St. Dominic in Brookfield is one of many Archdiocese of Milwaukee schools that held a virtual Soles Walk in October. The deadline for making donations for this year’s Walk is Nov. 24. (Submitted photo)

Though the event itself looked different than in years past, the mission of the Soles Walk for Catholic Education is more important than ever.

As Catholic schools reopen both virtually and in-person in the midst of the COVID-19 pandemic, they find themselves coming up against challenges unlike any they have faced in previous years. From the need to support hybrid classrooms to purchasing bulk amounts of hand sanitizer, the financial demands are intense. Schools are also tasked with providing financial aid to families whose income has been disrupted by the struggling economy.

Instead of thousands of Catholic school students, parents, teachers and community members descending on the campus of Mount Mary University on Oct. 17 for a high-energy morning celebrating Catholic education, thanks to coronavirus, the fundraiser had to be decentralized and adjusted.

Each participating school had the opportunity to “create a small, safe, socially distant Soles for Catholic Education Walk event at their school, or encourage their participants to walk around their own neighborhood,” said Marcy Stone, coordinator of the walk.

But though the physical walks took place throughout October at various locations throughout the archdiocese, the opportunity to support the Soles Walk mission will continue until Nov. 24. Anyone can donate at to any participating school, or to the “Supporting All Schools — Sole Stepper” team, which supports partially matching the donations made directly to the school.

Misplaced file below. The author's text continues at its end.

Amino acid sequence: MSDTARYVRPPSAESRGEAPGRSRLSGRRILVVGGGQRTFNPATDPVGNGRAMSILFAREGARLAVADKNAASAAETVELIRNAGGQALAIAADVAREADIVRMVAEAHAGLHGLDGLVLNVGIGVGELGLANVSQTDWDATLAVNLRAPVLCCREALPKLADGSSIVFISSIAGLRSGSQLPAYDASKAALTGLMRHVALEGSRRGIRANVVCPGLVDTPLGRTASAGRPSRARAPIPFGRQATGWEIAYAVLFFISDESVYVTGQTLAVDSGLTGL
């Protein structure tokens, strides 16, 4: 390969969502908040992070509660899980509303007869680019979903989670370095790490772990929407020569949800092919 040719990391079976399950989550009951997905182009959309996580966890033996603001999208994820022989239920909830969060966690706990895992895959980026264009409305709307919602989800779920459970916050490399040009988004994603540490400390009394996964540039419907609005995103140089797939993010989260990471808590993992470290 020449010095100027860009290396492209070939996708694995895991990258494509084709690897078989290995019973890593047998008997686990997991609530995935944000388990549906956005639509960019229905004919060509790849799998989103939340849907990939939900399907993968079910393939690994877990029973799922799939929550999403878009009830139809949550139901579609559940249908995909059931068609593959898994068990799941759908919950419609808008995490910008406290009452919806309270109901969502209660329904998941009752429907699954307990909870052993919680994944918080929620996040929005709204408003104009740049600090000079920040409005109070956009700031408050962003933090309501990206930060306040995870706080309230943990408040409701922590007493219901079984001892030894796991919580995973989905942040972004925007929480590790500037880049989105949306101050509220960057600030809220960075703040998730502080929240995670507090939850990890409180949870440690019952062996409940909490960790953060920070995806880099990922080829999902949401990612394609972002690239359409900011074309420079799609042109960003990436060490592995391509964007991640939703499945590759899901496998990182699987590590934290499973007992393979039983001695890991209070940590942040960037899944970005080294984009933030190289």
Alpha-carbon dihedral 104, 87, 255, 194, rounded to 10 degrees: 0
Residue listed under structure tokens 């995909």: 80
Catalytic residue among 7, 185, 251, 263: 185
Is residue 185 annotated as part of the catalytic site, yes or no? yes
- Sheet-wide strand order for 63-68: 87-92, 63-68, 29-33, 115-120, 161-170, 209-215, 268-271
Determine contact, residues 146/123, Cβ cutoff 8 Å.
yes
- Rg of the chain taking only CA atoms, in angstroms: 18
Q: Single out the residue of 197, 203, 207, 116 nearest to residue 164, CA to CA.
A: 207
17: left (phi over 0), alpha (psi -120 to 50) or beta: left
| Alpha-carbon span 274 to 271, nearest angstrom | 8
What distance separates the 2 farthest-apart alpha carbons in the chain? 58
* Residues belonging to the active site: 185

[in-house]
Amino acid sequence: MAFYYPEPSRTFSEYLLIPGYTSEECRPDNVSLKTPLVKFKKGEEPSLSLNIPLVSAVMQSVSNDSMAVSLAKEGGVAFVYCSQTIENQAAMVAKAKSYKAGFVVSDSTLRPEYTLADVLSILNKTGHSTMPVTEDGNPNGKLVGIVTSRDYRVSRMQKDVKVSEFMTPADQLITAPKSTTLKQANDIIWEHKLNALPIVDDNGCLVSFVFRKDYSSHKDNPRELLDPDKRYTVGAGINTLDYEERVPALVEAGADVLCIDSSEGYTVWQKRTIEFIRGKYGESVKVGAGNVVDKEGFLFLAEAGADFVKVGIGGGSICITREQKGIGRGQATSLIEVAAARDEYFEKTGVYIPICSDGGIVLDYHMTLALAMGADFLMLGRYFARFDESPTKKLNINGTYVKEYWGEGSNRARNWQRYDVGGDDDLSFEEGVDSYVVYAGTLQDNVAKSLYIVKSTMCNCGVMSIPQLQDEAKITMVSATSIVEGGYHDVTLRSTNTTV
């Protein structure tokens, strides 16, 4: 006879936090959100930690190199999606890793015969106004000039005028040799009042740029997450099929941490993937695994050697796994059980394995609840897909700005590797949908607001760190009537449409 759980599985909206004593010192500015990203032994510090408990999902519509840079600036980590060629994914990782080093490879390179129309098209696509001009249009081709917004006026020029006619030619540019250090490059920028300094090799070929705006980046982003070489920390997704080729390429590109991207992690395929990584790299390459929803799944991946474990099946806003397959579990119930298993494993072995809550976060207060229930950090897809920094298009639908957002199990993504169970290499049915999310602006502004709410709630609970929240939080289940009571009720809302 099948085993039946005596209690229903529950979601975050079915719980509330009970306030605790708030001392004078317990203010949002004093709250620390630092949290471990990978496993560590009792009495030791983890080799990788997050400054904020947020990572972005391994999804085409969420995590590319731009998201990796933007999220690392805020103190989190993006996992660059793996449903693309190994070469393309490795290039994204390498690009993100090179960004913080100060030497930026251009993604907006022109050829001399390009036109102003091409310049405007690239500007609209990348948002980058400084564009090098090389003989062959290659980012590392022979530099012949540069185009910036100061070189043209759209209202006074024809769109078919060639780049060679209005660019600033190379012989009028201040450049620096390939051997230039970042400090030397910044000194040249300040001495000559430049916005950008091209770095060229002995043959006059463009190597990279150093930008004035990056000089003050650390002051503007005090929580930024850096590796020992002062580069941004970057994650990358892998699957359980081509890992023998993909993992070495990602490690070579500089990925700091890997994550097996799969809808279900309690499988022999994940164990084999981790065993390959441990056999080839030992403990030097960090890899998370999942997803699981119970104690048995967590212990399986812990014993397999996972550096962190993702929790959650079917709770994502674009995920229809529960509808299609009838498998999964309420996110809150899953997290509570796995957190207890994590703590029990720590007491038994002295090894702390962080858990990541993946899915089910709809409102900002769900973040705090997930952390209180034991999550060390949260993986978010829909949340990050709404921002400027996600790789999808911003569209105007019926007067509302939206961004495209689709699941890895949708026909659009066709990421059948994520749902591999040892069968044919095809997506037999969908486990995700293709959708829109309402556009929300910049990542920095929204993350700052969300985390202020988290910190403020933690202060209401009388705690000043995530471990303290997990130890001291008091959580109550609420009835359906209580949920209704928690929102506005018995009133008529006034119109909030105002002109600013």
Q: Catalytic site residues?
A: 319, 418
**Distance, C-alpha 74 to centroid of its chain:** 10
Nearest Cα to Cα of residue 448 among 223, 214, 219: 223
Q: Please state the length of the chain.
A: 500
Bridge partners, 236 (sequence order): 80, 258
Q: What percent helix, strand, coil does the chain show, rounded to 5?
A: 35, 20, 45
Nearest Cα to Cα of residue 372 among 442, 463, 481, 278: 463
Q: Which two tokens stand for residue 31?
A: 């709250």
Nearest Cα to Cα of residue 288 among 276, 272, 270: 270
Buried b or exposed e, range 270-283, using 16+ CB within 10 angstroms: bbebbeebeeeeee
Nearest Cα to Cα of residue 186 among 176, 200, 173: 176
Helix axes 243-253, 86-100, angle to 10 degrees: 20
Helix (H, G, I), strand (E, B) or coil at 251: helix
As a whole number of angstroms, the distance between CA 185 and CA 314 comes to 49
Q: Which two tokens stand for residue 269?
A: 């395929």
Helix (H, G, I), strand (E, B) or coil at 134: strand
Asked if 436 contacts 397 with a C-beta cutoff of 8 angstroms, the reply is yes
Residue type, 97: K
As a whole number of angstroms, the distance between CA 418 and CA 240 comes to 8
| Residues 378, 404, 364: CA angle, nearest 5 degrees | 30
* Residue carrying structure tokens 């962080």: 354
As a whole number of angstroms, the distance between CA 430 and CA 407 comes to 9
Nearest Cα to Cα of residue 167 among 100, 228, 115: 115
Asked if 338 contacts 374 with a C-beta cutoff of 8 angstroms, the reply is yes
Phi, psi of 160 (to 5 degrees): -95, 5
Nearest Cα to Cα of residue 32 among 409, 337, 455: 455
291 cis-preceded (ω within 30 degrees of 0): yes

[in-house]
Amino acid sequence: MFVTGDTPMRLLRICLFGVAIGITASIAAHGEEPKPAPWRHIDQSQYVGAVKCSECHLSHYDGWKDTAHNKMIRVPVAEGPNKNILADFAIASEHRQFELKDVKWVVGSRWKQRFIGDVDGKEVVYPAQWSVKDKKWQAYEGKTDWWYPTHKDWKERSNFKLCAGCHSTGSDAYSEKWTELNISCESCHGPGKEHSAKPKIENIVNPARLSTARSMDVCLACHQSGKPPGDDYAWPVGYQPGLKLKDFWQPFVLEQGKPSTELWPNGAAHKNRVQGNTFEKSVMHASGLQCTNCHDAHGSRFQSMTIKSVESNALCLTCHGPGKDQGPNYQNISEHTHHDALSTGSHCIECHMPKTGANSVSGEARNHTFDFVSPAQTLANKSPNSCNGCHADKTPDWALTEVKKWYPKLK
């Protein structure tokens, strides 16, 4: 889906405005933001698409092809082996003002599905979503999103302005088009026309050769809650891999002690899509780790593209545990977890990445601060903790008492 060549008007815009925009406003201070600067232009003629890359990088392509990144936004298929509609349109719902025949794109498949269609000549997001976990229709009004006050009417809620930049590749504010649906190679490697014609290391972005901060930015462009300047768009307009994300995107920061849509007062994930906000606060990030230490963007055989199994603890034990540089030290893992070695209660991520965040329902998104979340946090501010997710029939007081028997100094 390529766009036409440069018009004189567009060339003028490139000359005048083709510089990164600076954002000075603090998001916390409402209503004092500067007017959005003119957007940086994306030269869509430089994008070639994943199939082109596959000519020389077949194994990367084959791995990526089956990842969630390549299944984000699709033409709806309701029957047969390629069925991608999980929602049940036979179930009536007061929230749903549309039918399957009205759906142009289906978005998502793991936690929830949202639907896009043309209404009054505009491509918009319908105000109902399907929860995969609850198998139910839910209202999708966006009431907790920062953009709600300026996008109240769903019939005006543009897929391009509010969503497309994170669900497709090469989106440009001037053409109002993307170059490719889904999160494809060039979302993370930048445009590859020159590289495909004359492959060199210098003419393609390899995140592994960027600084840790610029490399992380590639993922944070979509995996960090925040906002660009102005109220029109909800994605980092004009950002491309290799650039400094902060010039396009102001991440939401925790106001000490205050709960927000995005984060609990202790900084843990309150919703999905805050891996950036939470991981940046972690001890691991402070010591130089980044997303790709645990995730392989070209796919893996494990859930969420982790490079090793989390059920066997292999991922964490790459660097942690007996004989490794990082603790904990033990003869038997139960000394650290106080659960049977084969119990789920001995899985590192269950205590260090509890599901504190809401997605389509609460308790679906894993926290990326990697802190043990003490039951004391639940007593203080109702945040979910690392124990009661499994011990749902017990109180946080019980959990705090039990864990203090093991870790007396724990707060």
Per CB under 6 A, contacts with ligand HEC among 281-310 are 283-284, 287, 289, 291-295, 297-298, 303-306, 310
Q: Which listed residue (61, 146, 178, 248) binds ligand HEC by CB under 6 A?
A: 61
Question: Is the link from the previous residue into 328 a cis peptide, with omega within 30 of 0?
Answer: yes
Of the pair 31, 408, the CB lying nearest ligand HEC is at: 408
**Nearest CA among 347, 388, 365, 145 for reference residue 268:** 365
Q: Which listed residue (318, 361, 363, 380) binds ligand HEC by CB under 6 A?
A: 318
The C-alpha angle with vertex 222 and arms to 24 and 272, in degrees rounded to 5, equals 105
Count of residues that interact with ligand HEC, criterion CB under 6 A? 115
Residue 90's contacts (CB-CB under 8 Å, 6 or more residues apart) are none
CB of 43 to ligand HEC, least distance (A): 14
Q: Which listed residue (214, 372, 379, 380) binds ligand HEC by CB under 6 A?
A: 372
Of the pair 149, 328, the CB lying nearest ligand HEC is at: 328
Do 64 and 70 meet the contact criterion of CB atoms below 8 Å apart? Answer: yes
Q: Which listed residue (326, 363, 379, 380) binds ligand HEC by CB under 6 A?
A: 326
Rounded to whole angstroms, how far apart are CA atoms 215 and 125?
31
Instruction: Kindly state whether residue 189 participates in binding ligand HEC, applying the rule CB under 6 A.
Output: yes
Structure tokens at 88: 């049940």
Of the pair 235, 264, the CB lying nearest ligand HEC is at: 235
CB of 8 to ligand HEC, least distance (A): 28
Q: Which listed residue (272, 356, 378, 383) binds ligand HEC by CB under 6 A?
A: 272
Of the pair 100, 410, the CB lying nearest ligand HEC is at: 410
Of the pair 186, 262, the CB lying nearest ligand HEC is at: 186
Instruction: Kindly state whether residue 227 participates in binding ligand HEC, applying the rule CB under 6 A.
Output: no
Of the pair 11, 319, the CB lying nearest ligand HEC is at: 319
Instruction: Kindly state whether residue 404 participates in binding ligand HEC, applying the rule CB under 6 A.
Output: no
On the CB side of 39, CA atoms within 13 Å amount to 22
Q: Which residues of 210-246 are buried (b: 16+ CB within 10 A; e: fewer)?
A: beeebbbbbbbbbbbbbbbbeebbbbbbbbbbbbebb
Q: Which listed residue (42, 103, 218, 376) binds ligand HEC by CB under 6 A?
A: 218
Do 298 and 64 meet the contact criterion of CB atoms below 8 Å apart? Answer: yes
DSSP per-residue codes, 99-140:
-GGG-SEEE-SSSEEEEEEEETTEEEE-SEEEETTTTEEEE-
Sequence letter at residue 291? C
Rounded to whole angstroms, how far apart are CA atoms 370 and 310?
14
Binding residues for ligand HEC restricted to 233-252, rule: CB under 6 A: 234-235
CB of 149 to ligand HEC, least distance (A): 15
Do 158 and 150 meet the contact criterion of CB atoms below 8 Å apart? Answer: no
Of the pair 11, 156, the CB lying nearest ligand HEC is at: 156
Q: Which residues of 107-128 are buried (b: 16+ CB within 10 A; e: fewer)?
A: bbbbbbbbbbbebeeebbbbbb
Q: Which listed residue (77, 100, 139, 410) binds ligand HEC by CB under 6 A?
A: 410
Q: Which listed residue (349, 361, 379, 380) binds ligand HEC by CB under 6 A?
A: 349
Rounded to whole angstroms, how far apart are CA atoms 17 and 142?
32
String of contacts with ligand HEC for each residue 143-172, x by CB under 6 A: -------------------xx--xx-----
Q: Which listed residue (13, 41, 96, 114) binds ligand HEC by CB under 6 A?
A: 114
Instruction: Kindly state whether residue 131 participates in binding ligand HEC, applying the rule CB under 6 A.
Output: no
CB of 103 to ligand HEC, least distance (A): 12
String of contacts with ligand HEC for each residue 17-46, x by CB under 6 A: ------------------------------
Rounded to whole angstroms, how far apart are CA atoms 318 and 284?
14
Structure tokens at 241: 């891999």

Financial gifts will go even farther thanks to support from the Soles Walk sponsors, who have donated $125,050 in matching funds. Those funds will be distributed proportionally to each school raising funds through the Walk, with schools that raised more money receiving a higher percentage of matching funds.

The schools met the challenge of this year’s unique social distancing requirements in a variety of creative ways, said Stone. Schools like St. Bruno in Dousman, St. Dominic in Brookfield, St. Francis de Sales in Lake Geneva, St. Jerome in Oconomowoc and St. Rita in Racine held small walks on Oct.17. St. Killian in Hartford followed their walk with a brat fry in the parish parking lot to raise money. Holy Family Parish School in Whitefish Bay gave their walk a baseball theme, running bases with a different activity at each one. St. Mary Parish School in Menomonee Falls had their students walk together outside on Oct. 16, asking their families to walk one mile individually on Oct. 17. St. Peter in Slinger walked on the Ice Age Trail behind their school, followed by a “trunk or treat” event with sub sandwiches on Oct. 24.

All Saints Catholic School in Kenosha even implemented a little catechism in their version of the walk. Each class created a poster with a virtue that they had learned about, and then raised pledges and completed the walk in their physical education class. The school has raised more than $8,000 of their $10,000 goal.

“Schools are grateful for this opportunity to raise the funds they need to meet this year’s unique challenges,” said Stone. “They also appreciate the extra time they have to raise funds that will be partially matched by this year’s generous Soles for Catholic Education Walk sponsors.”